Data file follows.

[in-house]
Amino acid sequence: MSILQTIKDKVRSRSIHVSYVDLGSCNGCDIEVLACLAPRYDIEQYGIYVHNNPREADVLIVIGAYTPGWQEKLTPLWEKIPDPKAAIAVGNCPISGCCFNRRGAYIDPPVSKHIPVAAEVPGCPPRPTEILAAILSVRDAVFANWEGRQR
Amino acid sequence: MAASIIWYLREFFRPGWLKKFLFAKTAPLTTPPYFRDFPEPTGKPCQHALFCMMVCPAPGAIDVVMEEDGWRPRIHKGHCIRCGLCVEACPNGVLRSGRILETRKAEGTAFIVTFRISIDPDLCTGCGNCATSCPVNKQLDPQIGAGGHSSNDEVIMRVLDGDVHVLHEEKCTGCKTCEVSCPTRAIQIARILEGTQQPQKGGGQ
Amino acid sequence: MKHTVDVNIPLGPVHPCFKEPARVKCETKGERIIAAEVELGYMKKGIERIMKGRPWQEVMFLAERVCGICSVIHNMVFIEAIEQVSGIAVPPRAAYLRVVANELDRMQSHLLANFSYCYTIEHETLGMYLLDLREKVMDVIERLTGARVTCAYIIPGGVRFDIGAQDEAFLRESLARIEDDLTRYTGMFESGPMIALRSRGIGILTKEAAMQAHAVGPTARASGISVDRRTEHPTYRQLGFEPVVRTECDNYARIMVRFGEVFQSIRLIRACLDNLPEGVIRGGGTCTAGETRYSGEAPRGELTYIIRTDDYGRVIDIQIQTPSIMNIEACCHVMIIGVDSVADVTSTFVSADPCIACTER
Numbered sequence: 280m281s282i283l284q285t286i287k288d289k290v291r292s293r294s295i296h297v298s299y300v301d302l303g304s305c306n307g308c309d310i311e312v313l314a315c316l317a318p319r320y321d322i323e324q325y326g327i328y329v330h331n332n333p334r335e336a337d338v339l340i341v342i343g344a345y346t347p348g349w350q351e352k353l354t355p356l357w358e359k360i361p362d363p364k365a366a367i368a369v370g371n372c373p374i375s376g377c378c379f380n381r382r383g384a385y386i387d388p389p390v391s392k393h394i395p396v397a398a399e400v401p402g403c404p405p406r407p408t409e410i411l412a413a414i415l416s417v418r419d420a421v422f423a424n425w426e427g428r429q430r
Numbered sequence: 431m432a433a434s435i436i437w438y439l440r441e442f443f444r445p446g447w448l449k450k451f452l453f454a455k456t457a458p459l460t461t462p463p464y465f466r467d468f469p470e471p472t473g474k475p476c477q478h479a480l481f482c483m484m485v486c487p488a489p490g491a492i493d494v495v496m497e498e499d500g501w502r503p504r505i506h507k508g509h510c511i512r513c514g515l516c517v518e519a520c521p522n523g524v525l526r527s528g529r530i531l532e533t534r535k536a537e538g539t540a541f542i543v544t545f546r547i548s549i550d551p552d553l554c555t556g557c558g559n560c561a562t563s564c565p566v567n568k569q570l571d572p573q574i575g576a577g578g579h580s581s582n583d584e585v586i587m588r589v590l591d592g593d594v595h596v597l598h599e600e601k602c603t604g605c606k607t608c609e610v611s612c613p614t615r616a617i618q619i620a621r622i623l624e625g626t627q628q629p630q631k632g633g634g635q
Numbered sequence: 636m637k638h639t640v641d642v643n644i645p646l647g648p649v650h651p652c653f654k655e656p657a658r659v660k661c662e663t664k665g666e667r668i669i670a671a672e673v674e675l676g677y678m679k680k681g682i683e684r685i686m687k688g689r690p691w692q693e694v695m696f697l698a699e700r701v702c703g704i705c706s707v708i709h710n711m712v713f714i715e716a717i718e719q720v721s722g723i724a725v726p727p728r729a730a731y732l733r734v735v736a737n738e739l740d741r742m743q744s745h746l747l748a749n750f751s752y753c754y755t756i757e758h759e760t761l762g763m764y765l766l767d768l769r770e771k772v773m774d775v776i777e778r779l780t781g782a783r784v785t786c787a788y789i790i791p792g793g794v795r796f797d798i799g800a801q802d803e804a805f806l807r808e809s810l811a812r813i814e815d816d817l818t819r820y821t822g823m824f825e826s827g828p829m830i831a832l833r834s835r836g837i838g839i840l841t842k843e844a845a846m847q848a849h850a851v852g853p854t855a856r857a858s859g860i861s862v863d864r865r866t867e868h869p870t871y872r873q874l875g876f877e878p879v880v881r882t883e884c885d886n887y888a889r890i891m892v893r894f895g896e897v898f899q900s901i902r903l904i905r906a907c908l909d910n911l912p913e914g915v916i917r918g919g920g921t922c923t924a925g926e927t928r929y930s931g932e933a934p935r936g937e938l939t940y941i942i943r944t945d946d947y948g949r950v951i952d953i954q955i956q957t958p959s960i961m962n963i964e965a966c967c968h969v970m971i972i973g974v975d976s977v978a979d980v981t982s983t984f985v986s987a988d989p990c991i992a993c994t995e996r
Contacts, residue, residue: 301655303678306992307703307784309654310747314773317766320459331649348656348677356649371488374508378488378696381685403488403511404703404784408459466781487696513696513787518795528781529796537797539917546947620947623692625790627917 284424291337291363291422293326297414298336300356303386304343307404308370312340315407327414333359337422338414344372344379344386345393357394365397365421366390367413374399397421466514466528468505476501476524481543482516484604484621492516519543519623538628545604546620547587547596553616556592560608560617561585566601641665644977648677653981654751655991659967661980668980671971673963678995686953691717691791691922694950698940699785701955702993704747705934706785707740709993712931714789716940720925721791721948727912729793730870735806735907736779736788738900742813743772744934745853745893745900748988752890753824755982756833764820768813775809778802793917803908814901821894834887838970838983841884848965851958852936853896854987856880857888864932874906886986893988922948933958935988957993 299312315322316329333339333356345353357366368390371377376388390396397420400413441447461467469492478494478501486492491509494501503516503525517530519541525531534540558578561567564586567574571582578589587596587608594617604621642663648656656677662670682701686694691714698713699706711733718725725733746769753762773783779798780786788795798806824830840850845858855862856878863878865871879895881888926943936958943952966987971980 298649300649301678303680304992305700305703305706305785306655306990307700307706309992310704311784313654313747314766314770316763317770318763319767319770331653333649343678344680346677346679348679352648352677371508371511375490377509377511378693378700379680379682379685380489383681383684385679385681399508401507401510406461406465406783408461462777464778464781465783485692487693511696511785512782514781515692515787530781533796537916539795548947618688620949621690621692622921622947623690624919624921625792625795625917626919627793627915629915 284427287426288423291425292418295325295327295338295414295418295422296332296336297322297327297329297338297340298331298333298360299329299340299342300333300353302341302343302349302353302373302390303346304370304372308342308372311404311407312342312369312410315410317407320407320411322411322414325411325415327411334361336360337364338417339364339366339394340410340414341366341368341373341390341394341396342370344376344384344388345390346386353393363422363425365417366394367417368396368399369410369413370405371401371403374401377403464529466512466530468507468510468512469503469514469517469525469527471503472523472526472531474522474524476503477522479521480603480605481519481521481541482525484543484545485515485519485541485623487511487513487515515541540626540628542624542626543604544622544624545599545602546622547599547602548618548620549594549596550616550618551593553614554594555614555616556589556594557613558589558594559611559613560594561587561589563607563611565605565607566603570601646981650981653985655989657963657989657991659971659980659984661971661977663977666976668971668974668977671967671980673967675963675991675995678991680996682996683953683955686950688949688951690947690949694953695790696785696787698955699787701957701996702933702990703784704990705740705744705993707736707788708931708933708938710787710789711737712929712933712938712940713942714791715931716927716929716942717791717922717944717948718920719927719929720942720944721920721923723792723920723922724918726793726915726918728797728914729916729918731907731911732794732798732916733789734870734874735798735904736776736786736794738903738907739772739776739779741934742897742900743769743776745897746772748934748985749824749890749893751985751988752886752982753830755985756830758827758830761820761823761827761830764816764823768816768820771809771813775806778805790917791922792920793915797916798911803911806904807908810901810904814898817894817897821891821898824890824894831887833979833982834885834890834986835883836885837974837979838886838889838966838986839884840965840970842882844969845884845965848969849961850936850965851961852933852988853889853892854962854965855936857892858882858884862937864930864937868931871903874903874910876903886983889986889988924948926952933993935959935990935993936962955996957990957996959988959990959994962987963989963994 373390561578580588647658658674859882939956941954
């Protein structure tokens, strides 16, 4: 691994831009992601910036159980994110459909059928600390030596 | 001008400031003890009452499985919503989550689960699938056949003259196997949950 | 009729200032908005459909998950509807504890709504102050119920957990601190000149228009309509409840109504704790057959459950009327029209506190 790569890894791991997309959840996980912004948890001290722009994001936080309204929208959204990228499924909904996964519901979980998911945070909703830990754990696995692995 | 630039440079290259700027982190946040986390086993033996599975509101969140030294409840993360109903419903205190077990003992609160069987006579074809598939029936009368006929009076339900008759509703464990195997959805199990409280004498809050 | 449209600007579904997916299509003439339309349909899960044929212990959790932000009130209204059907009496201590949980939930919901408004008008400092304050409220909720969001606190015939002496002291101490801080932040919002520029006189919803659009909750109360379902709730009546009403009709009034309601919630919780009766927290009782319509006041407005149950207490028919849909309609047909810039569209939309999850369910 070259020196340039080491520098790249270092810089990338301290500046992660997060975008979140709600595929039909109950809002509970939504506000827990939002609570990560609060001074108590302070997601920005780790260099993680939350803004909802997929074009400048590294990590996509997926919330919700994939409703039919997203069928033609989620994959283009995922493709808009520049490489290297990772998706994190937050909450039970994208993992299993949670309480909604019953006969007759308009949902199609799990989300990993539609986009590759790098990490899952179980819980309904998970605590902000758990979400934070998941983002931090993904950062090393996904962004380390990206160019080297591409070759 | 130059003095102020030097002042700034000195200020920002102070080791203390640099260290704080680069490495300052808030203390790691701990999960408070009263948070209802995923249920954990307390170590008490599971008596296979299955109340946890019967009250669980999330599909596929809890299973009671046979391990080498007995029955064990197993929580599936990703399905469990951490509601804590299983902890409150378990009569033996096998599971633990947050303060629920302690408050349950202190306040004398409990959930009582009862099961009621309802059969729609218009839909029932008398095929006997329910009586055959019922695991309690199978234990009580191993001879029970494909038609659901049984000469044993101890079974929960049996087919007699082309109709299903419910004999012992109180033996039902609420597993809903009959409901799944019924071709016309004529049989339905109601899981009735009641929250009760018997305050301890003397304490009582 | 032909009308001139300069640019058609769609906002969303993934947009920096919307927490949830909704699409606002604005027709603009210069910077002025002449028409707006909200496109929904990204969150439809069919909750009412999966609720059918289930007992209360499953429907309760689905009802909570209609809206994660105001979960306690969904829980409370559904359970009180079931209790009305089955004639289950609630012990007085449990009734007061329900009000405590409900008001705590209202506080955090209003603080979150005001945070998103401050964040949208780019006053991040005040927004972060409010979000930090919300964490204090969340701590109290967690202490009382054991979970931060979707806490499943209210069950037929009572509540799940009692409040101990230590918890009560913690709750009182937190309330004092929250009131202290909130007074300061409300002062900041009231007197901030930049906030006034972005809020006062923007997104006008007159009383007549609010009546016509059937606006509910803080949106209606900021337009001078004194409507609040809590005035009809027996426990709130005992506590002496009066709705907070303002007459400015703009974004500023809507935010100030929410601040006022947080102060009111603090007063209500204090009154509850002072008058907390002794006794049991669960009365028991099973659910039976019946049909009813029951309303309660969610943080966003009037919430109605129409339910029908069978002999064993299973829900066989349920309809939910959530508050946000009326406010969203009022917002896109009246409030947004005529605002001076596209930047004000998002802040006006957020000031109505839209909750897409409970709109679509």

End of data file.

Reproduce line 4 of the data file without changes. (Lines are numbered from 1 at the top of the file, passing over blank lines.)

Amino acid sequence: MKHTVDVNIPLGPVHPCFKEPARVKCETKGERIIAAEVELGYMKKGIERIMKGRPWQEVMFLAERVCGICSVIHNMVFIEAIEQVSGIAVPPRAAYLRVVANELDRMQSHLLANFSYCYTIEHETLGMYLLDLREKVMDVIERLTGARVTCAYIIPGGVRFDIGAQDEAFLRESLARIEDDLTRYTGMFESGPMIALRSRGIGILTKEAAMQAHAVGPTARASGISVDRRTEHPTYRQLGFEPVVRTECDNYARIMVRFGEVFQSIRLIRACLDNLPEGVIRGGGTCTAGETRYSGEAPRGELTYIIRTDDYGRVIDIQIQTPSIMNIEACCHVMIIGVDSVADVTSTFVSADPCIACTER